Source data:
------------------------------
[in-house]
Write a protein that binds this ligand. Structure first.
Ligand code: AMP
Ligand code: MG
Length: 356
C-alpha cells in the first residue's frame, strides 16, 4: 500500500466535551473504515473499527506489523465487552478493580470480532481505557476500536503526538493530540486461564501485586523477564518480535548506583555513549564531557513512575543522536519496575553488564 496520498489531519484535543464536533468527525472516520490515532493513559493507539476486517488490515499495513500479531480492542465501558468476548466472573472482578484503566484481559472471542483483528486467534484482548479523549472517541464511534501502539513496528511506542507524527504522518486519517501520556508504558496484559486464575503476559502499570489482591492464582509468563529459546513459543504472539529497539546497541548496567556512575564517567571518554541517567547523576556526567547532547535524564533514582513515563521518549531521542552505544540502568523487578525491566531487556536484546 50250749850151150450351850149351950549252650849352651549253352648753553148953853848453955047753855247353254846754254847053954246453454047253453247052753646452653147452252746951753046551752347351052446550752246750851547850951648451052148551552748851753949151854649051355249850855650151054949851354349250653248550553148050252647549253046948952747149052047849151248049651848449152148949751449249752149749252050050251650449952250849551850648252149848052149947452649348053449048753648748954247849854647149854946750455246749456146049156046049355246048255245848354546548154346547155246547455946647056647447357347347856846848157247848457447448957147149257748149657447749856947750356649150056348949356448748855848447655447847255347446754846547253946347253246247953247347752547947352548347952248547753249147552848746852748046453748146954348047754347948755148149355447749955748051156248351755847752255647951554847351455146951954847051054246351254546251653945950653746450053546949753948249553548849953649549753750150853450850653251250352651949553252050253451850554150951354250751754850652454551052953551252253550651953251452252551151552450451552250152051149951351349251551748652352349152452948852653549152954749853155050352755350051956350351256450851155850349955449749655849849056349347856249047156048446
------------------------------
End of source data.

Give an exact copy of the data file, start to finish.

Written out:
[in-house]
Write a protein that binds this ligand. Structure first.
Ligand code: AMP
Ligand code: MG
Length: 356
C-alpha cells in the first residue's frame, strides 16, 4: 500500500466535551473504515473499527506489523465487552478493580470480532481505557476500536503526538493530540486461564501485586523477564518480535548506583555513549564531557513512575543522536519496575553488564 496520498489531519484535543464536533468527525472516520490515532493513559493507539476486517488490515499495513500479531480492542465501558468476548466472573472482578484503566484481559472471542483483528486467534484482548479523549472517541464511534501502539513496528511506542507524527504522518486519517501520556508504558496484559486464575503476559502499570489482591492464582509468563529459546513459543504472539529497539546497541548496567556512575564517567571518554541517567547523576556526567547532547535524564533514582513515563521518549531521542552505544540502568523487578525491566531487556536484546 50250749850151150450351850149351950549252650849352651549253352648753553148953853848453955047753855247353254846754254847053954246453454047253453247052753646452653147452252746951753046551752347351052446550752246750851547850951648451052148551552748851753949151854649051355249850855650151054949851354349250653248550553148050252647549253046948952747149052047849151248049651848449152148949751449249752149749252050050251650449952250849551850648252149848052149947452649348053449048753648748954247849854647149854946750455246749456146049156046049355246048255245848354546548154346547155246547455946647056647447357347347856846848157247848457447448957147149257748149657447749856947750356649150056348949356448748855848447655447847255347446754846547253946347253246247953247347752547947352548347952248547753249147552848746852748046453748146954348047754347948755148149355447749955748051156248351755847752255647951554847351455146951954847051054246351254546251653945950653746450053546949753948249553548849953649549753750150853450850653251250352651949553252050253451850554150951354250751754850652454551052953551252253550651953251452252551151552450451552250152051149951351349251551748652352349152452948852653549152954749853155050352755350051956350351256450851155850349955449749655849849056349347856249047156048446